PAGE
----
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Thesis Format



Master of Science


Epidemiology and Biostatistics

Collaborative Specialization



Zou, Guangyong

2nd Supervisor

Choi, Yun-hee



Sample size estimation is usually the first step in planning a research study. Too small a study cannot adequately address the objectives, while too large a study may waste resources or unethical. For binary outcomes, several sample size estimation methods are available based on logistic regression models, which focusing on odds ratios. In prospective studies, risk ratios are preferable for ease of interpretation and communication. In this thesis, we compared the power difference between the logistic regression model and the modified Poisson regression model via simulation studies. We then proposed sample size estimation formulas based on the modified Poisson regression model for estimating risk ratios. Simulation results suggested that both models have similar performance in terms of Type I error and power. The empirical evaluation indicated that the proposed sample size formulas are reliable in a wide range of scenarios. The sample size estimation procedure was illustrated using a subset of data from the Diabetes Control and Complications Trial.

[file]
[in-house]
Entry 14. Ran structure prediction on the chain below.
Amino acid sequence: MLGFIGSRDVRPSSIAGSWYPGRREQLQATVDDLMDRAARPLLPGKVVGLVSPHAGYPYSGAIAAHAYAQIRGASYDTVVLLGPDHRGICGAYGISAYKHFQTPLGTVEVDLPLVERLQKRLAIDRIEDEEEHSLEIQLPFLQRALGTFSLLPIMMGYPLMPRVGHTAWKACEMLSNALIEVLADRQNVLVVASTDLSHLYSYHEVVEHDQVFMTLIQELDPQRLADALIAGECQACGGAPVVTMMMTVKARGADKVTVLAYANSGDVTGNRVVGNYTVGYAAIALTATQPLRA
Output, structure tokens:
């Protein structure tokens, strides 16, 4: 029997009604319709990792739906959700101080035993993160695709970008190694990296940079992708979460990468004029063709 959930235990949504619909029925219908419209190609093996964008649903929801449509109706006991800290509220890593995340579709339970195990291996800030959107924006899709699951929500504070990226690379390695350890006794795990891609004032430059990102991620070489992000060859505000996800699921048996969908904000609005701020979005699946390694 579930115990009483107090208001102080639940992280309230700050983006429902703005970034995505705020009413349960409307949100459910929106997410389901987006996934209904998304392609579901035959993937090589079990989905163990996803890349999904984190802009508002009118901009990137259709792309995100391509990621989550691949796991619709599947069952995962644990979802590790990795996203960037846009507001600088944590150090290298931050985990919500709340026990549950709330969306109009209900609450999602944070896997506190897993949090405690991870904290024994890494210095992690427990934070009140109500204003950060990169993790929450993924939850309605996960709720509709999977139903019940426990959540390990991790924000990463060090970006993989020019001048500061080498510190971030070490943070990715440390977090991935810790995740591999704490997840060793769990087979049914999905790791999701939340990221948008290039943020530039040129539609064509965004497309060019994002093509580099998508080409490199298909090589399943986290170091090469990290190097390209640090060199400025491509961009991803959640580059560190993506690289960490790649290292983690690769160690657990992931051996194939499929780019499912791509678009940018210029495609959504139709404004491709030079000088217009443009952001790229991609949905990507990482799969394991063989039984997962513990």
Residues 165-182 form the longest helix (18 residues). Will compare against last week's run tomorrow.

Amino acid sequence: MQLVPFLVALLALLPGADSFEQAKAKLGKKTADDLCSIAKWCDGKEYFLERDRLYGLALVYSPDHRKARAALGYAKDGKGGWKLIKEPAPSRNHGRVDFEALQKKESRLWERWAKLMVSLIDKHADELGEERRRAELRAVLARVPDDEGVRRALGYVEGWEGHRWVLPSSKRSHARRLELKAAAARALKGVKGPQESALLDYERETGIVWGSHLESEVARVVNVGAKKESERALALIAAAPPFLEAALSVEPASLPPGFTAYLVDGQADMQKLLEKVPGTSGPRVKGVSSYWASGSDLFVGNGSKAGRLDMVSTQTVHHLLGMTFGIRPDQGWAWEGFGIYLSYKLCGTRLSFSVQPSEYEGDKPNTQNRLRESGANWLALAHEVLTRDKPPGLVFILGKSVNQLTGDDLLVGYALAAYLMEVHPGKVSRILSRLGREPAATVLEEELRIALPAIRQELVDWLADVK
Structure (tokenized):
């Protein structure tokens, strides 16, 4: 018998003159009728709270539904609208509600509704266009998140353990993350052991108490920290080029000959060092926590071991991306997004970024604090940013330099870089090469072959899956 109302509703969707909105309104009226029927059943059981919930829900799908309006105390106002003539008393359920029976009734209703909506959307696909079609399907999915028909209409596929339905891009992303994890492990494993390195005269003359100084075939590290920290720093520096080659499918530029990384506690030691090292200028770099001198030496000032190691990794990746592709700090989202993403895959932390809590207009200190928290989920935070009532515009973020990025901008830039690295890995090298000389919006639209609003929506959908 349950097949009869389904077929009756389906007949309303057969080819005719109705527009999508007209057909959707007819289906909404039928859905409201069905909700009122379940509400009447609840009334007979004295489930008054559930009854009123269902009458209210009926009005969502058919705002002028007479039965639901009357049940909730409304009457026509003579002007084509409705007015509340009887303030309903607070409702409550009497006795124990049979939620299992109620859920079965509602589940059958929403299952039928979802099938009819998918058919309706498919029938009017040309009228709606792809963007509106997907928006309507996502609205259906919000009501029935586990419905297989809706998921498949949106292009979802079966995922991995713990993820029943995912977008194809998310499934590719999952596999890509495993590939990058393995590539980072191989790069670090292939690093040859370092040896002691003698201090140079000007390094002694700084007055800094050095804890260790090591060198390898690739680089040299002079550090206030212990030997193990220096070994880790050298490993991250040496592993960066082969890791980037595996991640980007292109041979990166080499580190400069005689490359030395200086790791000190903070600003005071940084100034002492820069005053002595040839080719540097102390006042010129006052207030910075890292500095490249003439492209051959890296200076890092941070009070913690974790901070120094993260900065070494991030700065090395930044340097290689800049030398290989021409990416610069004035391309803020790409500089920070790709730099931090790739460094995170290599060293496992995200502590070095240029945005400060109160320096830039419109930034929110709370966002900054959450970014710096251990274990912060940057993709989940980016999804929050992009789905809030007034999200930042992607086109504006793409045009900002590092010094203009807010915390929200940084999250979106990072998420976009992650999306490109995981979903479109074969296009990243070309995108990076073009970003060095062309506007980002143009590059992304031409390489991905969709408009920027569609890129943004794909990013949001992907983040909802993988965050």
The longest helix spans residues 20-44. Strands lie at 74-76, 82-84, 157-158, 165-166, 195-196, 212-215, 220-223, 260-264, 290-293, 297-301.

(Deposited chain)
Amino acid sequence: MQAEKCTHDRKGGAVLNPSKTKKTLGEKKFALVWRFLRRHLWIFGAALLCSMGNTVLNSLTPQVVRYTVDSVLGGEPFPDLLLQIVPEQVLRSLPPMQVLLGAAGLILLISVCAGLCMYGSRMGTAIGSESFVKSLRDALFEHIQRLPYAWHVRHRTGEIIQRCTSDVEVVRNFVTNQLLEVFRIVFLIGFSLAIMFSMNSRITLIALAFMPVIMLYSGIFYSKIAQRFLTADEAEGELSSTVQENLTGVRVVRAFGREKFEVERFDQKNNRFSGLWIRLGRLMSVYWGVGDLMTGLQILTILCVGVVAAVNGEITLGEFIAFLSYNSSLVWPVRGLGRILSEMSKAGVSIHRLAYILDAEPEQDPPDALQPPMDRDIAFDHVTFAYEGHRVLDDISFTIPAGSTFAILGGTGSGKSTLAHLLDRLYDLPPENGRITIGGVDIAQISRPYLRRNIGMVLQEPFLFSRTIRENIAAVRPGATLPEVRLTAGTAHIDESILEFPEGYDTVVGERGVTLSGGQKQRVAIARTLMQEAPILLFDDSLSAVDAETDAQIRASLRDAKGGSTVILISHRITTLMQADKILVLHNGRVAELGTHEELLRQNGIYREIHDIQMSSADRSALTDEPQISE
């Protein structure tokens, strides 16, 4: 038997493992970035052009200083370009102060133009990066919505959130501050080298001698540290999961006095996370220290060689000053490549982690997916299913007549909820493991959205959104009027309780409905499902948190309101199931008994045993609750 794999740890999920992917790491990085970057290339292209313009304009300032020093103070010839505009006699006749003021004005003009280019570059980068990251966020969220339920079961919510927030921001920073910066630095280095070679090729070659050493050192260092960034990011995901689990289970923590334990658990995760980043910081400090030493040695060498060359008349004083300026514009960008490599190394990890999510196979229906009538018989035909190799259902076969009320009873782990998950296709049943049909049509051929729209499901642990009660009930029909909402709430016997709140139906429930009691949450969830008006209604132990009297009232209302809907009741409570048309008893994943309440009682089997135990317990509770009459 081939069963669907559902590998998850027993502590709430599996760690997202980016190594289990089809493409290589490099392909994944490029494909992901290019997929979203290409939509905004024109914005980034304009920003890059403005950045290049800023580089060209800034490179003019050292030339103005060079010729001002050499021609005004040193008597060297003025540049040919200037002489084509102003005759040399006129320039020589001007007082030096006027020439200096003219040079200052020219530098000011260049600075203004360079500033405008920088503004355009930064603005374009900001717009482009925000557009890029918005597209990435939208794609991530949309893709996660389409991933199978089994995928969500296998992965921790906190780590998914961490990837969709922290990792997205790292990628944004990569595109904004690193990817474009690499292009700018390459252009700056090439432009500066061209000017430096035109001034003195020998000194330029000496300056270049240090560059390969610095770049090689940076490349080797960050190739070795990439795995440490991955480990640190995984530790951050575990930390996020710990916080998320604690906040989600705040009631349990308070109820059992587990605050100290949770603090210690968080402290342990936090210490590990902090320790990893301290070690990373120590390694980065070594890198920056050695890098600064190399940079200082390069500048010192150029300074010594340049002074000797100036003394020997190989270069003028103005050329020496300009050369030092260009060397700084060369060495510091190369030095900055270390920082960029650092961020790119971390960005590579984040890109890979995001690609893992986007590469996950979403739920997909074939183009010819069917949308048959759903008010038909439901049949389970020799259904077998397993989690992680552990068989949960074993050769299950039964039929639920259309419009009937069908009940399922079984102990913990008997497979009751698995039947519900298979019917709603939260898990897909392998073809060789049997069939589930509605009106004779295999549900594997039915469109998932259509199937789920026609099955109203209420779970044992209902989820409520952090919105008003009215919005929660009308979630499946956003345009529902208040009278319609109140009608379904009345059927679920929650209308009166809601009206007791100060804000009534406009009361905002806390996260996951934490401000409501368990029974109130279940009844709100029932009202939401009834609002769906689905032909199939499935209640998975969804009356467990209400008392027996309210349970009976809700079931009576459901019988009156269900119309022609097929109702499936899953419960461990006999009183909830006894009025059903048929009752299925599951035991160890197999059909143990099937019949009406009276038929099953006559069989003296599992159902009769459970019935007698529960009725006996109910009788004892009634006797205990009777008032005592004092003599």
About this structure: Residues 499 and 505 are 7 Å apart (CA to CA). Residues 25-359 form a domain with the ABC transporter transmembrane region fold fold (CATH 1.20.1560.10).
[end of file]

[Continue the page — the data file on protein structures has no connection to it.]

Summary for Lay Audience

Medical and epidemiological research rests largely on assessment of risks. One key measure in such studies is the ratio of odds, which is commonly estimated using logistic regression models. However, ratio of odds has been commonly interpreted as ratio of risks. Since by definition odds is larger than risk numerically, this practice can exaggerate study results, especially when risk of event is not rare as in many prospectively studies. The modified Poisson regression model was proposed as a method to estimate risk ratio directly. The model has become increasingly applied in medical and epidemiological research. To facilitate its use, this thesis compares power of the modified Passion regression to that of the logistic regression using simulation studies. The results suggest equivalent power between the two models. The thesis further proposed and evaluated sample size formulas based on the modified Poisson model. Simulation results suggest the formulas performed well, providing an important tool for study planning.

Creative Commons License

Creative Commons Attribution 4.0 License
This work is licensed under a Creative Commons Attribution 4.0 License.

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